We caused the problem, it is our responsibility to fix it.
Invasive species are normally brought over into environments other than their natural habitat by humans, either deliberately for farming or accidentally, having escaped or not been detected or not recognised as a danger. It is up to humans to see that the threat is removed and the habitats restored to their original state. If we aren't comfortable with killing the animals, we should be thinking about the needless deaths of other animals that at least should have been there in the first place.
It isn't entirely our fault. Some species are adapted to parasitic relations with humans, they are designed to be difficult to contain and easy to spread. The problem began long before humans had the scientific knowledge to realise there was a problem or the means to deal with it.
An unnatural situation requires an artificial solution.
If the species was in its natural habitat, it would be under conditions where it could be controllable - it would have a supply of what it naturally feeds on and there would be some way of keeping its population down, either predators, diseases or seasonal lulls in food supply. It is because it was moved that it has gone out of control. In an artificial situation, an artificial means needs to be employed to control it.
What about cases where a species is bred by humans to the extent that it hasn't existed in the wild in that form and doesn't have a natural habitat?
Sometimes it is natural for one species to dominate a habitat and wipe out several others. We could be redressing a balance where there isn't supposed to be a balance.
Taken to its logical extreme...
We should cull humans. Humans have spread all over the world, have no natural predators, breed fast and cause overpopulation problems in small areas, change habitats in ways that are harmful to other species, hunt other species to extinction beyond what we need for food and spread diseases.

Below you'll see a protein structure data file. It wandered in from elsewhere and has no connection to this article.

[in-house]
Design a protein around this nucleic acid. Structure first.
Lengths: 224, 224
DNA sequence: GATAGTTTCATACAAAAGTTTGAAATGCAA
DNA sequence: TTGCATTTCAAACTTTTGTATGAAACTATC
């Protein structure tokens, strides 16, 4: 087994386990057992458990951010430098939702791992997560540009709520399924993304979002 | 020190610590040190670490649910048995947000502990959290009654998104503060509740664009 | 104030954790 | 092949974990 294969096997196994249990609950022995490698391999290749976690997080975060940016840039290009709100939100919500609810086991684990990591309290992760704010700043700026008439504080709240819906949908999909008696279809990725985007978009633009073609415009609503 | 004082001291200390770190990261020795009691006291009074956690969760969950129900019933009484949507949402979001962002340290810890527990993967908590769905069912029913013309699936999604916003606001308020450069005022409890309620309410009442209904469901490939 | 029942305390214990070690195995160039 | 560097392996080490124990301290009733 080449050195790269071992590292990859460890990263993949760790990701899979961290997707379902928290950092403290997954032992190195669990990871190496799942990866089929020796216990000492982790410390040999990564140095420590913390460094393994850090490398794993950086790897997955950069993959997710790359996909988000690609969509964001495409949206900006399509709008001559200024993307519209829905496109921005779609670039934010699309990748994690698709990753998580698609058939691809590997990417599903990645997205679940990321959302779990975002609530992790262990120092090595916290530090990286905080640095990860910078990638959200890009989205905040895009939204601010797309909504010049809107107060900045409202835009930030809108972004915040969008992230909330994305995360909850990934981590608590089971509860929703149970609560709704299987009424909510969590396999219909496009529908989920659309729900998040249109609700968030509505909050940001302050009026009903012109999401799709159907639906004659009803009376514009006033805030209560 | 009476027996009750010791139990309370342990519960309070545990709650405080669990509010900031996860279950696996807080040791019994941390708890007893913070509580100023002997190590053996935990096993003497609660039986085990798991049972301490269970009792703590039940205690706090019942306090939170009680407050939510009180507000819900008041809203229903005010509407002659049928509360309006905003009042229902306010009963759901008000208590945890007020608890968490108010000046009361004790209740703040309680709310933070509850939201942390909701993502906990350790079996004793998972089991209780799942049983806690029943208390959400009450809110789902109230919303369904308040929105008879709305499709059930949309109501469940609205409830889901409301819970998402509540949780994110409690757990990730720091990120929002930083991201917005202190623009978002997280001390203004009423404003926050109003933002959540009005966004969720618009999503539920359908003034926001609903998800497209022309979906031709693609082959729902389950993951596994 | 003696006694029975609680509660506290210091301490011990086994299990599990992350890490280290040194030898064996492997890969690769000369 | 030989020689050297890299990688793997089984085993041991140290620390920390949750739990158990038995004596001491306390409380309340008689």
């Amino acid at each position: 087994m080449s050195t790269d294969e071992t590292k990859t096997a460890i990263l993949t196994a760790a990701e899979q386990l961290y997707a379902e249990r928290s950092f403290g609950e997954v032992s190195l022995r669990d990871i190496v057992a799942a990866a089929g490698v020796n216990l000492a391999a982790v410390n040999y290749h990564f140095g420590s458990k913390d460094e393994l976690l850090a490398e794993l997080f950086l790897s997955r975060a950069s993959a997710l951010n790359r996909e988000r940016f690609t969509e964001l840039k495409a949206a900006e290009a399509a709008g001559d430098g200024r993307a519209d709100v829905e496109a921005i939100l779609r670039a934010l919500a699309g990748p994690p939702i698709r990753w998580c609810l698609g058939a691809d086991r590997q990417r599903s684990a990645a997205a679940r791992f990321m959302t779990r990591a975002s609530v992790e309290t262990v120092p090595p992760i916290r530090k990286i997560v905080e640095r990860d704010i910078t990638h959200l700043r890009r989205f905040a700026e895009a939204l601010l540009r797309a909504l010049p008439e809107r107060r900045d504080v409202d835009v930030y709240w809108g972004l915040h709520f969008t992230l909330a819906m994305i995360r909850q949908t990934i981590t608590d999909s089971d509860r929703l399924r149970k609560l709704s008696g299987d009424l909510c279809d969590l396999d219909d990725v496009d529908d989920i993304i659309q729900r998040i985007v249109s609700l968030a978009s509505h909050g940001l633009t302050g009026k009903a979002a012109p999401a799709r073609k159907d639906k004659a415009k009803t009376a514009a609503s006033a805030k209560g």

Unlike a Mink, which only knows how to kill, eat and breed, a human is self-aware and intelligent enough to realise they are damaging their environment, this is the wrong thing to do and that they can think up a way to repair the damage they have done.
Not a practical sole/long term solution.
While it works as a short term fix for the mistakes we have made, we should be looking into ways not to introduce harmful species in the first place and maybe ways to defend otherwise delicate habitats that are in danger of destruction. We can't just keep making mistakes and then destroying them, we'll end up with something we can't wipe out one day.
But if we don't kill them, then we can't wipe them out today.
The more new extinctions their are the less diverse our world is.
Our world is so divers that we only know to about the what we think is the beginning and it probally was not. We know about the dinosaurs and the cave men but we don't know if there was life before. And now scientist are still discovering plants and animals so why kill off species if we can keep them under controll.
yes we should beacuse the invasive species are taking over the land for the species that are natural to their habitat. They take more speceies when they invade a habitat rather when they settel down and start living there.
What do you think?